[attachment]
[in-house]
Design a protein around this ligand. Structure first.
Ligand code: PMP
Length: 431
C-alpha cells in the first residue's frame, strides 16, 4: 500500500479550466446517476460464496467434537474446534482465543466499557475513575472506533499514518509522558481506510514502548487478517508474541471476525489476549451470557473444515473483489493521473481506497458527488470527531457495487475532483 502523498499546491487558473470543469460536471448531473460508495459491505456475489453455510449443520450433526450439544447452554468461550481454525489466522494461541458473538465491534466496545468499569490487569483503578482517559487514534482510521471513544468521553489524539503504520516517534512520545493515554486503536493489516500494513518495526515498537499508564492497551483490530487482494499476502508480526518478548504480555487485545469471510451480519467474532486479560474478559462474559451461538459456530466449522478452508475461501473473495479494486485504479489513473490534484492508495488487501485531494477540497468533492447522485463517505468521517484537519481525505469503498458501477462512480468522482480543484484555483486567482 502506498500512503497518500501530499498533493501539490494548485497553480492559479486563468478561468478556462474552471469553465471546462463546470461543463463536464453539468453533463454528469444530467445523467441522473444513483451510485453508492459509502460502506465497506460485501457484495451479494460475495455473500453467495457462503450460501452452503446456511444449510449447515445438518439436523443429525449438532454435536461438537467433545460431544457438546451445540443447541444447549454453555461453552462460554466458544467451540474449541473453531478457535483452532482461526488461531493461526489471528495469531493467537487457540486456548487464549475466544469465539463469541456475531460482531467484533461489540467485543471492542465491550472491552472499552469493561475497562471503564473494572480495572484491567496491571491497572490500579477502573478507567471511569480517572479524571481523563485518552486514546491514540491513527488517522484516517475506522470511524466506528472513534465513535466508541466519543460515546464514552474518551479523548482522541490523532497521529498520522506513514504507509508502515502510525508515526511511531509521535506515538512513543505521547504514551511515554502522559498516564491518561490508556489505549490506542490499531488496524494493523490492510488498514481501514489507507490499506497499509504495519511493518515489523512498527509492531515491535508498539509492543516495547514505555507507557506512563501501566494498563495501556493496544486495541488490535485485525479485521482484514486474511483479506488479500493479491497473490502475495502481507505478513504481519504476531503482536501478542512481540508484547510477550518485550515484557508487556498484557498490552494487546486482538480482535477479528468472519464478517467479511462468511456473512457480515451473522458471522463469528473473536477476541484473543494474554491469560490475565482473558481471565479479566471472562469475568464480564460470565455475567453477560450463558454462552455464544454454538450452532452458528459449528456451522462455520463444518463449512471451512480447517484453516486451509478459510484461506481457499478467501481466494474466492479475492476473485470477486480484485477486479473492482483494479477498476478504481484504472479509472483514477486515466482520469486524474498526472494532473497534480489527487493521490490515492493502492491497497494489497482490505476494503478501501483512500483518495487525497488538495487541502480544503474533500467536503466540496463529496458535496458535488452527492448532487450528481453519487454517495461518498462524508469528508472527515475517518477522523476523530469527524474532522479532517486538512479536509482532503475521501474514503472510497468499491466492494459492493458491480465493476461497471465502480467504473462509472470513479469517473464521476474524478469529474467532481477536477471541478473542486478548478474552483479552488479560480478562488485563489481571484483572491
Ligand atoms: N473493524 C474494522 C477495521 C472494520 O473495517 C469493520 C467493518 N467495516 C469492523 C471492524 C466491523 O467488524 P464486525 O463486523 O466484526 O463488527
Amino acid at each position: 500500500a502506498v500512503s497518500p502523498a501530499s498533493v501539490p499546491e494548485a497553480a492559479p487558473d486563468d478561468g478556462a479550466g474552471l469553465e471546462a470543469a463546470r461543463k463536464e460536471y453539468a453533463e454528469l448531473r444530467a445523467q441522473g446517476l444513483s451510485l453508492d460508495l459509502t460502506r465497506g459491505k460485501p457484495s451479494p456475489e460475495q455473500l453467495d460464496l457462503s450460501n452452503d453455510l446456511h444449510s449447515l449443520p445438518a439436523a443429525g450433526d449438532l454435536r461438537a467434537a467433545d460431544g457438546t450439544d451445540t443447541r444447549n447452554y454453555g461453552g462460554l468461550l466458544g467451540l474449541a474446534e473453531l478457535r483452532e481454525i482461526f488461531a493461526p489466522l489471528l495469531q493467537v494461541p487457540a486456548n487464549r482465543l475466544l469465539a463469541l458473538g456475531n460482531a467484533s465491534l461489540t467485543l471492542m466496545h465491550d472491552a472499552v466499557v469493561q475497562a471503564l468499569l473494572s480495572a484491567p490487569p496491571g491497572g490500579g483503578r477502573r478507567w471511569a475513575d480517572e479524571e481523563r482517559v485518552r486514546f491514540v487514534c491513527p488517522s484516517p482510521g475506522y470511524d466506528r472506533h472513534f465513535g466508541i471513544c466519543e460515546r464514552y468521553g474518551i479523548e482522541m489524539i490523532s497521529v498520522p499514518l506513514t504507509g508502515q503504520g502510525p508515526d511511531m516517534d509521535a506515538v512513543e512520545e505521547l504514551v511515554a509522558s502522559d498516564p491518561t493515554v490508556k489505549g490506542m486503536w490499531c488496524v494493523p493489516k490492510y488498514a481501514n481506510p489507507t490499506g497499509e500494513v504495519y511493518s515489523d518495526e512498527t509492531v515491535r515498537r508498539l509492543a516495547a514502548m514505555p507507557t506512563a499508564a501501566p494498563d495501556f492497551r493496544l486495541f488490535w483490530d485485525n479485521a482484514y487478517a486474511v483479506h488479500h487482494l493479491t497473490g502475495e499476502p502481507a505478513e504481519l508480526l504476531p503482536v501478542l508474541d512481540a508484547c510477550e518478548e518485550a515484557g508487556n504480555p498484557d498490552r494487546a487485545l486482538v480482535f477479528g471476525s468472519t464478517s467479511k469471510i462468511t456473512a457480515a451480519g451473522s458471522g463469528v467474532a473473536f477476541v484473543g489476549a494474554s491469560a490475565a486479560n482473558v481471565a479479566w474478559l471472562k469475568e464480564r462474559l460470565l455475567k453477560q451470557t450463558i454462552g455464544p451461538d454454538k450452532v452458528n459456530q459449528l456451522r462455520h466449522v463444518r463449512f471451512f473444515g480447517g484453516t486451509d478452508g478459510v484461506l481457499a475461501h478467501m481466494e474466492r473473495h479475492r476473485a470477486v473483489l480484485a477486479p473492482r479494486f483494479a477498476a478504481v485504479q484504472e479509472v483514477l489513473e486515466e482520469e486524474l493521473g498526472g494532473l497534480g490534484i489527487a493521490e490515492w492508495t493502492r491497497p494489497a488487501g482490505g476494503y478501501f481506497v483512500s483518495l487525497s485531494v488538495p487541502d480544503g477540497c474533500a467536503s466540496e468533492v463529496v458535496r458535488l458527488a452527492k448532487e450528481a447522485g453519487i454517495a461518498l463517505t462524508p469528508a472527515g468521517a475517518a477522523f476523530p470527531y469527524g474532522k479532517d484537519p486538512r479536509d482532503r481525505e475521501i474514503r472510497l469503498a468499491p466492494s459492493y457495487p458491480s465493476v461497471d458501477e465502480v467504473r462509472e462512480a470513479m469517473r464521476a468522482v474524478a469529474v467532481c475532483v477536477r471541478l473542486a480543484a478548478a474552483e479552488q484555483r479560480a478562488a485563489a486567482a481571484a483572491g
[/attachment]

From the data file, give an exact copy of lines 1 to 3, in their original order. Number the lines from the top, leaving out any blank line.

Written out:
[in-house]
Design a protein around this ligand. Structure first.
Ligand code: PMP